VMblog:  What will be the long-term effects of GCG's use of Scale Computing?

Ready:  The solution was so affordable for GCG that they are now able to store and move more than 2.5 terabytes of data across HC3 Cloud Unity, covering all of its servers and cores with the ability to expand easily and at a low cost in the future.

VMblog:  What should other companies in GCG's position be thinking about when implementing a recovery platform?  What should they assess or what precautions need to be taken?

Ready:  Other companies should assess the amount of data that needs to be stored. They should also look at their location and evaluate the threat of natural disasters and ask the question:  is there current solution not only affordable but also fast?

There are plenty of precautions companies like GCG can take. A huge one would be to take inventory to ensure backups and replication are in sync. This will save time and reduce the burden on storage capacity. Also, converging infrastructures when possible is also key. Hyper-converged infrastructure solutions that combine servers, storage, virtualization and backup or DR solutions into a single integrated system can help save operational and support times. Another precaution companies can take would be adding off-site replication and remote snapshots to provide geographic redundancy. By doing this, this will greatly reduce recovery times. Also, if a company plans their remote failover options, they  allow their business to maintain operations within a matter of minutes for a fast recovery time objective (RTO). One last key precaution is for a company to be ready for individual file recoveries, meaning time spent building a DR plan with these components enables an IT team to recover data within minutes.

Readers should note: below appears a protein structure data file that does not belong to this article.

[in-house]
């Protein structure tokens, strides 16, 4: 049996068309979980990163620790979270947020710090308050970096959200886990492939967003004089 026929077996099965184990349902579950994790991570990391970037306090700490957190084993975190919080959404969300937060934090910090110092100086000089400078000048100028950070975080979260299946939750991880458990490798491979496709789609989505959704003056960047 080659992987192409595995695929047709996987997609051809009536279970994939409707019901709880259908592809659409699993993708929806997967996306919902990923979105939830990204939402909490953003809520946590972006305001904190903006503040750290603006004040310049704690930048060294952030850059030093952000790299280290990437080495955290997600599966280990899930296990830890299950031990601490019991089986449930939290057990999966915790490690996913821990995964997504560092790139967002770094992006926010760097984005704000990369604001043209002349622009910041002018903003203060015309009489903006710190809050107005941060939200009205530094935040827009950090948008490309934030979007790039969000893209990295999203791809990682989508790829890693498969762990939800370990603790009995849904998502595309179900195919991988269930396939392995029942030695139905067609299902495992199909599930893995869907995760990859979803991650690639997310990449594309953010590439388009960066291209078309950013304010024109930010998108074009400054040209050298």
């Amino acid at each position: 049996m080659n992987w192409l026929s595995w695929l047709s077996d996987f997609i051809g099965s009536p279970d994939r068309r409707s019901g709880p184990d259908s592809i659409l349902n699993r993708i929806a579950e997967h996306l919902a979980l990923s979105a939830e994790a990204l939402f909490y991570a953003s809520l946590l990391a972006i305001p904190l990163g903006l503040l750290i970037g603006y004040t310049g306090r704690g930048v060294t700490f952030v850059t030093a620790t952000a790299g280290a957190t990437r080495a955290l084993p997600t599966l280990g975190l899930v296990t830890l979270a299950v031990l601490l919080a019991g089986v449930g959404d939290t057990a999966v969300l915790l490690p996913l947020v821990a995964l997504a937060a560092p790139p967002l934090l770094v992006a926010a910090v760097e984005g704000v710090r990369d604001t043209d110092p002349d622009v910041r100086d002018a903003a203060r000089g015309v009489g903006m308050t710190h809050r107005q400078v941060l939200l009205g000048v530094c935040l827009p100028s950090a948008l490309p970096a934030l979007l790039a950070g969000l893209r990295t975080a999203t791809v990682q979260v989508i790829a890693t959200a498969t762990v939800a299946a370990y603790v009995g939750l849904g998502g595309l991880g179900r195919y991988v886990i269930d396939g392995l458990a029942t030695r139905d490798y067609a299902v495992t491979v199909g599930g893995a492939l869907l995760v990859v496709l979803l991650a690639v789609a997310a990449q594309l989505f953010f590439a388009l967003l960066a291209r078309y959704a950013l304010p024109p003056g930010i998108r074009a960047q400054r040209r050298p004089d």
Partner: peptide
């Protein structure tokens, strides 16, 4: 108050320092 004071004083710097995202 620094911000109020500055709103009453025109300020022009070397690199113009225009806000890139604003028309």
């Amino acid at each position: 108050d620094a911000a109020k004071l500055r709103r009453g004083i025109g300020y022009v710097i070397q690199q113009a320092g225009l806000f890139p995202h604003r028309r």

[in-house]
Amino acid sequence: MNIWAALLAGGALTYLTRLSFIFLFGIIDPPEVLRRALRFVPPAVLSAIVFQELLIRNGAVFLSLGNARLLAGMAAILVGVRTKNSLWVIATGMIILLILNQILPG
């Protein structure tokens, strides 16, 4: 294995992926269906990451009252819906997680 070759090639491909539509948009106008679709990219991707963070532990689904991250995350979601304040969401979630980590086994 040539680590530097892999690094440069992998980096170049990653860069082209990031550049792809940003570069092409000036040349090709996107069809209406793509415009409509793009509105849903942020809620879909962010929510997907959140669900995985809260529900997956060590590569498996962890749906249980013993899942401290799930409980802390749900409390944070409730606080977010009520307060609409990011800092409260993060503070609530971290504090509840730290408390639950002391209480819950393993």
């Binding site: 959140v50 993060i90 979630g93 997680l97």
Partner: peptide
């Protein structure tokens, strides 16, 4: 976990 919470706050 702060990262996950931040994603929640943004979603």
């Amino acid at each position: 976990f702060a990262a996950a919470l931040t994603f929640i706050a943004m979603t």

Published Friday, November 02, 2018 7:25 AM by David Marshall